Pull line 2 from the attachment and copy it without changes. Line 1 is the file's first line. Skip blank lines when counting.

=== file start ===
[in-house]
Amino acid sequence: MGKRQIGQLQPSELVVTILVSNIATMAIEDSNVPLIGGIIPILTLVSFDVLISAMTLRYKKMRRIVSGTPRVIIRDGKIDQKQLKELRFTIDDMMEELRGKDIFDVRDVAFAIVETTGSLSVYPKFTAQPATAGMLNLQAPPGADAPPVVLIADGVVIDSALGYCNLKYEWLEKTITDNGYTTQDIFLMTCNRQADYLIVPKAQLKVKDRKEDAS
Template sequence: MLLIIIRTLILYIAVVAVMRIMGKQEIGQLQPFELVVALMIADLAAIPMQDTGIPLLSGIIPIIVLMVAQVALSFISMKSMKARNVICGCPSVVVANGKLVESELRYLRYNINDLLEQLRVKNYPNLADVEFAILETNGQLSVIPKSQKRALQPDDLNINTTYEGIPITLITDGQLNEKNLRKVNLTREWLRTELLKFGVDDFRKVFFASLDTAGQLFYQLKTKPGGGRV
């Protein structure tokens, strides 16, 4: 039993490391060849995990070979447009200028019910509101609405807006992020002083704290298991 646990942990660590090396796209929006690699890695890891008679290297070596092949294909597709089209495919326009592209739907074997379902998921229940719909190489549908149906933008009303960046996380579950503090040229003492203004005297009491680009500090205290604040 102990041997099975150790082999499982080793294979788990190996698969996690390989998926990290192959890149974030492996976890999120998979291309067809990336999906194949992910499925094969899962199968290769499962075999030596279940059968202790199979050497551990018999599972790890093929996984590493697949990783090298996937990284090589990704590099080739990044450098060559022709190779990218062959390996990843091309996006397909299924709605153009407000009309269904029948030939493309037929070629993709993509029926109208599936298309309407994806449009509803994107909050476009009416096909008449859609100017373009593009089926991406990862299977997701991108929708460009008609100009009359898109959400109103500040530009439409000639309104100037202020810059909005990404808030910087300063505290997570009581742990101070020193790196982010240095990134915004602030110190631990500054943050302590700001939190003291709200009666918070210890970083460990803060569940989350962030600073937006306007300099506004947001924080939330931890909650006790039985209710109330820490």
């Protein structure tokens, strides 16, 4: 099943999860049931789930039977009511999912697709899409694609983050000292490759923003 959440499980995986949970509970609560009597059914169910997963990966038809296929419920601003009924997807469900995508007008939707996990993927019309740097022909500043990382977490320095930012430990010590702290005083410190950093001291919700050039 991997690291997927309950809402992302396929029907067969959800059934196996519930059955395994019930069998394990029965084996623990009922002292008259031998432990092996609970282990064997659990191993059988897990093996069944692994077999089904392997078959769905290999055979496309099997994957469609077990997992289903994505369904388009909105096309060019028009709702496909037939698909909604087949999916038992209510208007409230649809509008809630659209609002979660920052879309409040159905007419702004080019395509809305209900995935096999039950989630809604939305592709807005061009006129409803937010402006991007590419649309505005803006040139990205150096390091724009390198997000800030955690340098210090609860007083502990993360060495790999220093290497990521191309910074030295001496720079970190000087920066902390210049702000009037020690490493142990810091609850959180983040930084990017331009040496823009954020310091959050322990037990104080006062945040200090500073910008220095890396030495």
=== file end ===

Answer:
Amino acid sequence: MGKRQIGQLQPSELVVTILVSNIATMAIEDSNVPLIGGIIPILTLVSFDVLISAMTLRYKKMRRIVSGTPRVIIRDGKIDQKQLKELRFTIDDMMEELRGKDIFDVRDVAFAIVETTGSLSVYPKFTAQPATAGMLNLQAPPGADAPPVVLIADGVVIDSALGYCNLKYEWLEKTITDNGYTTQDIFLMTCNRQADYLIVPKAQLKVKDRKEDAS